“We find ourselves more and more at the table with international science and technology organizations,” said Rudolph, who in April signed an information exchange agreement with India. He was planning to meet with defense officials there along with other Indian government agencies to discuss topics of interest, including biosurveillance and diagnostics, “because we share some of the same challenges.”
The partnerships are mutually beneficial, he said. “Being on the ground in areas like Lima, Peru, with projects, and doing some diagnostic surveillance technology demonstrations in Africa like we’re planning next year in western Sierra Leone, are great opportunities to test our technologies in areas to take advantage of endemic disease, so that we can actually get real-world experience with collecting samples around real-world diseases,” Rudolph said. “Establishing relationships with other scientists in some of these areas will allow us access to new information and opportunity.”
The cooperative biological engagement program received a funding boost after biothreats were elevated as a national priority following the 2009 H1N1 influenza pandemic — a global outbreak that was thought to have originated in Mexico. It caught many nations’ health experts off guard and was largely perceived as a wake-up call.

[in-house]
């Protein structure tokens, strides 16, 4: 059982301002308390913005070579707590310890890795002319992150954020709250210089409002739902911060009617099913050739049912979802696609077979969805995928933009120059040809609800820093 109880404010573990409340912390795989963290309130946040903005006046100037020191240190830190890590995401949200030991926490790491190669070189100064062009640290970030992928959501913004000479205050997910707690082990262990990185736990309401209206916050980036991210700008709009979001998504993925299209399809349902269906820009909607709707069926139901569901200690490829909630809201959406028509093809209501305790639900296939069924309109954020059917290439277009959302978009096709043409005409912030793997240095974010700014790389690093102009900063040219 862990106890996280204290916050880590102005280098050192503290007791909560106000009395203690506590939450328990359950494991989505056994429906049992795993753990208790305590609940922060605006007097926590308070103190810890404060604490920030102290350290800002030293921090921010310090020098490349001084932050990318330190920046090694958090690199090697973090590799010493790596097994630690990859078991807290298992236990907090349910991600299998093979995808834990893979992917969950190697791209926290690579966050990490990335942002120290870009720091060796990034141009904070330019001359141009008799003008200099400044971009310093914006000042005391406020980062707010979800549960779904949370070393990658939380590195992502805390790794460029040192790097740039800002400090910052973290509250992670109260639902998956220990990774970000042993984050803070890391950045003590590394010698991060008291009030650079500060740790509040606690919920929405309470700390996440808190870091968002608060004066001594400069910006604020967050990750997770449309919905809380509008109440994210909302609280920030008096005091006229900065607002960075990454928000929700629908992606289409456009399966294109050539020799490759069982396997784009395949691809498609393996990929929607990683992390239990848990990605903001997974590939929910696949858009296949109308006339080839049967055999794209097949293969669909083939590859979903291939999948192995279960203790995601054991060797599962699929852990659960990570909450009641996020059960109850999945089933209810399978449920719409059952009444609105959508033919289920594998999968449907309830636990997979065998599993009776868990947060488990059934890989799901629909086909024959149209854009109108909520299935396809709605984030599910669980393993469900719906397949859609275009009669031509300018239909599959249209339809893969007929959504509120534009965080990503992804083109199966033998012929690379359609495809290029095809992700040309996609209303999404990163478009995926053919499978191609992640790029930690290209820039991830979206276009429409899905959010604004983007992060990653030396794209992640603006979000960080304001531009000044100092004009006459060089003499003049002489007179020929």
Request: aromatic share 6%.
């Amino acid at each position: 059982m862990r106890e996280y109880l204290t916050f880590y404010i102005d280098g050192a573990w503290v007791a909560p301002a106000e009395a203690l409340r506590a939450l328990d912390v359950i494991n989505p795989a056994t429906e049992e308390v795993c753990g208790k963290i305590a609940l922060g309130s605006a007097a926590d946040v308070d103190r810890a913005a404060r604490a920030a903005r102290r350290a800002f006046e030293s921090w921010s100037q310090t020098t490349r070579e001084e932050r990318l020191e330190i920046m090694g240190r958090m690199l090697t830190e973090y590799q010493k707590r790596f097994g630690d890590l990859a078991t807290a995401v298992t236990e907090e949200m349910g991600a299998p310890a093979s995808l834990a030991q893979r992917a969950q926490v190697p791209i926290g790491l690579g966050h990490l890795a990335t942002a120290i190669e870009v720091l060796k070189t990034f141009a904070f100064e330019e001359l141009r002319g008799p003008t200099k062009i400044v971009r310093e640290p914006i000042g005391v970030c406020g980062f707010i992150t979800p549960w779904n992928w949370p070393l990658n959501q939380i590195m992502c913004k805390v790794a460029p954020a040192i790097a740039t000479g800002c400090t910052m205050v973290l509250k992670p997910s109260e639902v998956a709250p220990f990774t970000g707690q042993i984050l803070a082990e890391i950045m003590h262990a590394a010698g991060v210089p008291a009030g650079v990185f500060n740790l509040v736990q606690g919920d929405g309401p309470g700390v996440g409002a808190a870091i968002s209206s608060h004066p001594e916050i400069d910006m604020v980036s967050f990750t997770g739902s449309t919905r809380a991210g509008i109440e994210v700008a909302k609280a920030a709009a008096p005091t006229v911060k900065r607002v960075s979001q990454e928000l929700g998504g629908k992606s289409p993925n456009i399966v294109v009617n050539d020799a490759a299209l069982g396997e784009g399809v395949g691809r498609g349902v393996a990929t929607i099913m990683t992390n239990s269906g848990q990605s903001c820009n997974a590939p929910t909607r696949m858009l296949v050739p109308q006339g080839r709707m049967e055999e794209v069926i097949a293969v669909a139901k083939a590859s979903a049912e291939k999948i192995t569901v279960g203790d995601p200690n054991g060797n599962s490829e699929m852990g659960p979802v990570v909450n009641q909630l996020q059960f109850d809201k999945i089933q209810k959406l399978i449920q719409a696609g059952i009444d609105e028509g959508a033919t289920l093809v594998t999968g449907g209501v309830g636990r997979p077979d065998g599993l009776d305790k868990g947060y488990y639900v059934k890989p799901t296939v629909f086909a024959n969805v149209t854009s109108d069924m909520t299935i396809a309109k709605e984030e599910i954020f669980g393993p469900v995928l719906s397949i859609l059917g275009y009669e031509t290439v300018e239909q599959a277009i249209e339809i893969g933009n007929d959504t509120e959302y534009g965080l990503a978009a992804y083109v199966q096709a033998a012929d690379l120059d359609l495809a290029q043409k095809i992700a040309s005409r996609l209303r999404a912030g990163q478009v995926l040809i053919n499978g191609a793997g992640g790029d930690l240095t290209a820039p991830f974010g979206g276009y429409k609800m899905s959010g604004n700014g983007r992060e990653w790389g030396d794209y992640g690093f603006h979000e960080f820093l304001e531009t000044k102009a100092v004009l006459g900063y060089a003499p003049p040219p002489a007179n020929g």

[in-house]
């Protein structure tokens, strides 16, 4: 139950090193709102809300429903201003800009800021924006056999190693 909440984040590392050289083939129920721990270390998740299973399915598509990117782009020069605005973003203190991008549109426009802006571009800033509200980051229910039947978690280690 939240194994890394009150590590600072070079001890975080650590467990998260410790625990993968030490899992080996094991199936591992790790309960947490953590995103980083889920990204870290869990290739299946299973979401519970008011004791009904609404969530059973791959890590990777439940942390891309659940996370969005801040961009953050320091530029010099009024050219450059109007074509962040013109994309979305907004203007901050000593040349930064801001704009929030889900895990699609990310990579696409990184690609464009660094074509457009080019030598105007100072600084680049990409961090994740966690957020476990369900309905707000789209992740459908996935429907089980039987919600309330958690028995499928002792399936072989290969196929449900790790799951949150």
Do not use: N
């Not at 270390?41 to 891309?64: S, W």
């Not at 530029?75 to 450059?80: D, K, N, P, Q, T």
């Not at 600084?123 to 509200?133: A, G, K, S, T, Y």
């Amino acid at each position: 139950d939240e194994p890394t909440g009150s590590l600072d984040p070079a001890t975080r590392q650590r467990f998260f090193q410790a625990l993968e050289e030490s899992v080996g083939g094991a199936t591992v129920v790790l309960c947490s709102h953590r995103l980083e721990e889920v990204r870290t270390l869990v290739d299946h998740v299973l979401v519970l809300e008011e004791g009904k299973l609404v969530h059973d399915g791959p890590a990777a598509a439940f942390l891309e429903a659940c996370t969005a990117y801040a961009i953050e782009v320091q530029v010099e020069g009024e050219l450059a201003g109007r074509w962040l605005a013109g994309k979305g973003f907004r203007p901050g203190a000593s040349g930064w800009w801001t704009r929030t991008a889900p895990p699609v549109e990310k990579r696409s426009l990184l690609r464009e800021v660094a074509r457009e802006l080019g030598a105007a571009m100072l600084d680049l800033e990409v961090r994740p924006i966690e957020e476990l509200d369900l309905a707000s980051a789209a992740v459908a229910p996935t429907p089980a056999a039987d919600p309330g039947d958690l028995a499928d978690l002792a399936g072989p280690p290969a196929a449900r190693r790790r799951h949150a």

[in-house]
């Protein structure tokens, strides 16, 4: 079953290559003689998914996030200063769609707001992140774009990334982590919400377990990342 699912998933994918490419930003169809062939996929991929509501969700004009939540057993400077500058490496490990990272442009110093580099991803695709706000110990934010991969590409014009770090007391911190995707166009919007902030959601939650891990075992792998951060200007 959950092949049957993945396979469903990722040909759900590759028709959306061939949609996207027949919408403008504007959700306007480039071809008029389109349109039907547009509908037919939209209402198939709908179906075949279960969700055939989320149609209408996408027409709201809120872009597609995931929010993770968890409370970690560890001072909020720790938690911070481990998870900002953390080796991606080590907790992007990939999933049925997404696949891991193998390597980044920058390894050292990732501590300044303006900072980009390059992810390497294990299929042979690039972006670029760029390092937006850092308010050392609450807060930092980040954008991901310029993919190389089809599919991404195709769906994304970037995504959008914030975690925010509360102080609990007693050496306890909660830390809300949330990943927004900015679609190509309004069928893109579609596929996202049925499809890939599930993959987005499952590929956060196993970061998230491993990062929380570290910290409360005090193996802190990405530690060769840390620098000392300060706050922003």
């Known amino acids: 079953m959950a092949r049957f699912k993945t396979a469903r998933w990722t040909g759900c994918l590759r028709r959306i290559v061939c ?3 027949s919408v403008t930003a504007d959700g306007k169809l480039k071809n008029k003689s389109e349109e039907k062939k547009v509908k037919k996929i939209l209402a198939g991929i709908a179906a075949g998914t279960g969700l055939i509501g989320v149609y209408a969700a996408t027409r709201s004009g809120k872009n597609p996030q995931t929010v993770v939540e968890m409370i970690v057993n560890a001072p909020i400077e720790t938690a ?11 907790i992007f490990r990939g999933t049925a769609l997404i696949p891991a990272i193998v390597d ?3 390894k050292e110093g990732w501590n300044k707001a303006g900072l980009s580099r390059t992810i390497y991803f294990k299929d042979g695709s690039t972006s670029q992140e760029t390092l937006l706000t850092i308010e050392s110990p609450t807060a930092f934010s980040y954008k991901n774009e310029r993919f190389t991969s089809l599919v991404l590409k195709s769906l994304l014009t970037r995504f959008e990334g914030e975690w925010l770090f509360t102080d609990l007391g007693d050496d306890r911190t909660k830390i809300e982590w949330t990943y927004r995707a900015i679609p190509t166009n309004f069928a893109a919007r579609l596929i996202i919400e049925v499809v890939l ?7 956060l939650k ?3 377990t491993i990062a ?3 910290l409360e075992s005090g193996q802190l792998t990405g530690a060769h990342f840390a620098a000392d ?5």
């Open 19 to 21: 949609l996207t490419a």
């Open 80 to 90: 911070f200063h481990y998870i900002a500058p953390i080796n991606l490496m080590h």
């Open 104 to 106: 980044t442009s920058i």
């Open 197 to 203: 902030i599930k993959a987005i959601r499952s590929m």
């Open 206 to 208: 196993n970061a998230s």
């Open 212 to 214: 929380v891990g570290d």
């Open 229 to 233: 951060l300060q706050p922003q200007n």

“What we learned with H1N1 and the H5N1 [avian flu outbreaks], is that these diseases don’t know national boundaries,” said Myers. “What might be a local issue in Africa on Monday could be a potential threat to the United States later in the week. If it’s a threat to the American people later in the week, then it could be a threat to American servicemen and women serving overseas much, much quicker.”
The recent focus and attention on biothreats, however, do not indicate a waning interest in nuclear warhead safety and security initiatives in Russia and elsewhere, Myers cautioned. The U.S. government made substantial capital investments in the 1990s and early 2000s to construct submarine, bomber and missile dismantlement facilities; fissile material storage facilities and chemical weapons destruction facilities. With those buildings now in place, the costs for the disposal of intercontinental ballistic missiles and submarine-launched ballistic missiles have dropped.
“That’s one of the reasons why we have resources available to go look for and engage partners … to address deadly pathogens and diseases around the world,” said Myers. He added that the funding levels for the bio-engagement initiative are expected to be maintained during the next few years.
DTRA is seeking nearly $260 million in fiscal year 2012 to expand the cooperative biological engagement initiative into Iraq, Tanzania, Djibouti, South Africa and India. In addition, the funds, which will be spent over three years, will help to solidify recent partnerships in Pakistan, Afghanistan, Kenya and Uganda and maintain ties in Ukraine, Georgia, Azerbaijan, Armenia, Kazakhstan and Russia.
“Many of the countries we’re dealing with now never had any intention of being a threat to the United States,” Myers emphasized. “One of their interests in engaging with us is to become real partners with us, and we look forward to developing those relationships,” he said.